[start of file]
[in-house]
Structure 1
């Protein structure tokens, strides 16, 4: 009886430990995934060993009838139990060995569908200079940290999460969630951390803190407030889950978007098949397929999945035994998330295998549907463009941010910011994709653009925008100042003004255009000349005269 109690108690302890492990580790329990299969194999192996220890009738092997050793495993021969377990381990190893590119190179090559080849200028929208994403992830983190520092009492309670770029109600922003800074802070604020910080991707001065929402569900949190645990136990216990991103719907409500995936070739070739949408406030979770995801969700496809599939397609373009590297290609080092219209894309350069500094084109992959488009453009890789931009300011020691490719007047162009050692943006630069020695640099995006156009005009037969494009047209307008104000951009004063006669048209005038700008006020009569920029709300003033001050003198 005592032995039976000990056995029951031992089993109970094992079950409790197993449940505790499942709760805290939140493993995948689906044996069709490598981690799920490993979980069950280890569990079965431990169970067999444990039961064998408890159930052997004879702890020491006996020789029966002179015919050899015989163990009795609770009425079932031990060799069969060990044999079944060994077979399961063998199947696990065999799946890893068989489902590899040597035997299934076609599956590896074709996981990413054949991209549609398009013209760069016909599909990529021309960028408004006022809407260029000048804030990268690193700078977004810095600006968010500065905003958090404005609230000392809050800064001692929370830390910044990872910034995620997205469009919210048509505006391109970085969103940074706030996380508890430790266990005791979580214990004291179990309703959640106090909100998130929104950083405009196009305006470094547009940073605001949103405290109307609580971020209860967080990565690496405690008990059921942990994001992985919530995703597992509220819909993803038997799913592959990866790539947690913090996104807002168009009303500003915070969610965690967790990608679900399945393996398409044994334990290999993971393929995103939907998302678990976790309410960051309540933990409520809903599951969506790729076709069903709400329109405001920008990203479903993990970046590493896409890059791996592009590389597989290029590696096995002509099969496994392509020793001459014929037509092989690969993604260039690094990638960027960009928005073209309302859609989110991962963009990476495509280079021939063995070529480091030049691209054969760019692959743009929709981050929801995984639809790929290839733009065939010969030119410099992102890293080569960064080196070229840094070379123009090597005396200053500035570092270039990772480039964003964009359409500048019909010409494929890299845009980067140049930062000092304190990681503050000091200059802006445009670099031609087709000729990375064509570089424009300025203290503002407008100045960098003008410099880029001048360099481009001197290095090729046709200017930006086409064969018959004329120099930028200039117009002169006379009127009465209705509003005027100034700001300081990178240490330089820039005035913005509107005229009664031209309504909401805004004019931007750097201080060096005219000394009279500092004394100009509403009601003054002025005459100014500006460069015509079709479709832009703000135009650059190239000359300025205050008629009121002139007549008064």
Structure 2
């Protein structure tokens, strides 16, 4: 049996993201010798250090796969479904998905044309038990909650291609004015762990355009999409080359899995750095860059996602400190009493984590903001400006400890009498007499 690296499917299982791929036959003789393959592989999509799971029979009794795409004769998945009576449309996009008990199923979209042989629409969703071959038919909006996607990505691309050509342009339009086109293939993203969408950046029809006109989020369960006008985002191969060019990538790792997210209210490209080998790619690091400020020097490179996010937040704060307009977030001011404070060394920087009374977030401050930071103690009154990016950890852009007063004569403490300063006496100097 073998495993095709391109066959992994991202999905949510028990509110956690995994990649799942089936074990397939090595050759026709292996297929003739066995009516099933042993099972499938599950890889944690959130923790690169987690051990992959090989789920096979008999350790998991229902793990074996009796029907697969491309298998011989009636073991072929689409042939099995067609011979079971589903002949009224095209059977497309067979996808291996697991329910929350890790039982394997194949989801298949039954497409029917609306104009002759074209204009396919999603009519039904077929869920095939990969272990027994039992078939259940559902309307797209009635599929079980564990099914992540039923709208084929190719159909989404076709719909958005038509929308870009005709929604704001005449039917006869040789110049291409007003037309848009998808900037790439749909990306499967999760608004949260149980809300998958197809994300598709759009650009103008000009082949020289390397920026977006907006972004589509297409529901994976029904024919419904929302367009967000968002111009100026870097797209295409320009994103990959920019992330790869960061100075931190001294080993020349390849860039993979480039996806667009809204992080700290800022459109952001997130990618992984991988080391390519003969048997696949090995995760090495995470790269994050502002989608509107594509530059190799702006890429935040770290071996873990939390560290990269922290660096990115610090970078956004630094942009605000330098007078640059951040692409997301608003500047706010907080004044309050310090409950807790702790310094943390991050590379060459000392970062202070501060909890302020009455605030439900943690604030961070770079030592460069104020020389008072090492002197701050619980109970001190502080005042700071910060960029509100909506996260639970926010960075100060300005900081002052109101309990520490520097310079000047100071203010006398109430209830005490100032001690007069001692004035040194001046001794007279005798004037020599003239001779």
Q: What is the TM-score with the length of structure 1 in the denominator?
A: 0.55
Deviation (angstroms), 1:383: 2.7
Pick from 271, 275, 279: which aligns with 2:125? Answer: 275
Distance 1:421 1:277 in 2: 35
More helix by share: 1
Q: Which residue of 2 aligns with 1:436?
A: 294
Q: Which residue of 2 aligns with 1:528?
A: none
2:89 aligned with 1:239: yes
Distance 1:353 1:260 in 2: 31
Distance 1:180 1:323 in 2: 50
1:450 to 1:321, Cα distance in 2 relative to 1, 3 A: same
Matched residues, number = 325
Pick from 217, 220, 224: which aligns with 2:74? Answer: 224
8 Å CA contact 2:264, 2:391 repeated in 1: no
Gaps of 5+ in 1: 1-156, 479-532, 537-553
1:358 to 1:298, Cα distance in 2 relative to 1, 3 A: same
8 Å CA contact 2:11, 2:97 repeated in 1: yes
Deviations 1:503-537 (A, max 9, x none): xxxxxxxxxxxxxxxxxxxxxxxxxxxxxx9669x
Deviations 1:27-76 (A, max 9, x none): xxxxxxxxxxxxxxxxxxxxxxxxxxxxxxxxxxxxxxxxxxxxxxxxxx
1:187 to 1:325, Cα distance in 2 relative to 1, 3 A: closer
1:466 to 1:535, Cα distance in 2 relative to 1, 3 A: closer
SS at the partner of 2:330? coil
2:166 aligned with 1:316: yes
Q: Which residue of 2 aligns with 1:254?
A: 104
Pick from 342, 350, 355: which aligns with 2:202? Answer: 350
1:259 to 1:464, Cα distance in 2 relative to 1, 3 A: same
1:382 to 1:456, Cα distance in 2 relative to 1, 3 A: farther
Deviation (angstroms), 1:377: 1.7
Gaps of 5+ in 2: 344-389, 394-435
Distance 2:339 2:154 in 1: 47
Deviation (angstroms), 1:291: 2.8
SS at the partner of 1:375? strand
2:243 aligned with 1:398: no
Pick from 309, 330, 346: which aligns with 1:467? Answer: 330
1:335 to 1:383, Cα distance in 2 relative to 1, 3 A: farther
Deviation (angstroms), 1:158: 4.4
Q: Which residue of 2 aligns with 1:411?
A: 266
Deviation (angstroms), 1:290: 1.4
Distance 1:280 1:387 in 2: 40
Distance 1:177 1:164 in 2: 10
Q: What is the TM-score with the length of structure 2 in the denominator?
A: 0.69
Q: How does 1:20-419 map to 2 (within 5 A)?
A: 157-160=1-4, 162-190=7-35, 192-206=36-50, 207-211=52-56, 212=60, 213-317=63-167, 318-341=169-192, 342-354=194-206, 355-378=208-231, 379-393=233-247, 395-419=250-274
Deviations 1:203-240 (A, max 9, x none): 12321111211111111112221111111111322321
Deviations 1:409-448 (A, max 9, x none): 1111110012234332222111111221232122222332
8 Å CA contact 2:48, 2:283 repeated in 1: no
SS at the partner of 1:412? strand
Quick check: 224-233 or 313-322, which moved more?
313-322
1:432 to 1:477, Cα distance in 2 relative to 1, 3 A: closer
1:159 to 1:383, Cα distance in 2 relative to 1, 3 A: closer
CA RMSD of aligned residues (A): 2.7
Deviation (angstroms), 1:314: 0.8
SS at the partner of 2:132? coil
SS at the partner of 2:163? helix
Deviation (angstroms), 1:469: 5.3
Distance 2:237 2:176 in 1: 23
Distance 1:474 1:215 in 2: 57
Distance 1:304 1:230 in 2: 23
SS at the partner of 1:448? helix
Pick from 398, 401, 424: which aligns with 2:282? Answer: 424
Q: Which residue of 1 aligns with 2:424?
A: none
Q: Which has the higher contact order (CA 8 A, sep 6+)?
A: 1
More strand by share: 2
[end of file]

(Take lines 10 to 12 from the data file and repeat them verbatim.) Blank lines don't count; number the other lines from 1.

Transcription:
Distance 1:421 1:277 in 2: 35
More helix by share: 1
Q: Which residue of 2 aligns with 1:436?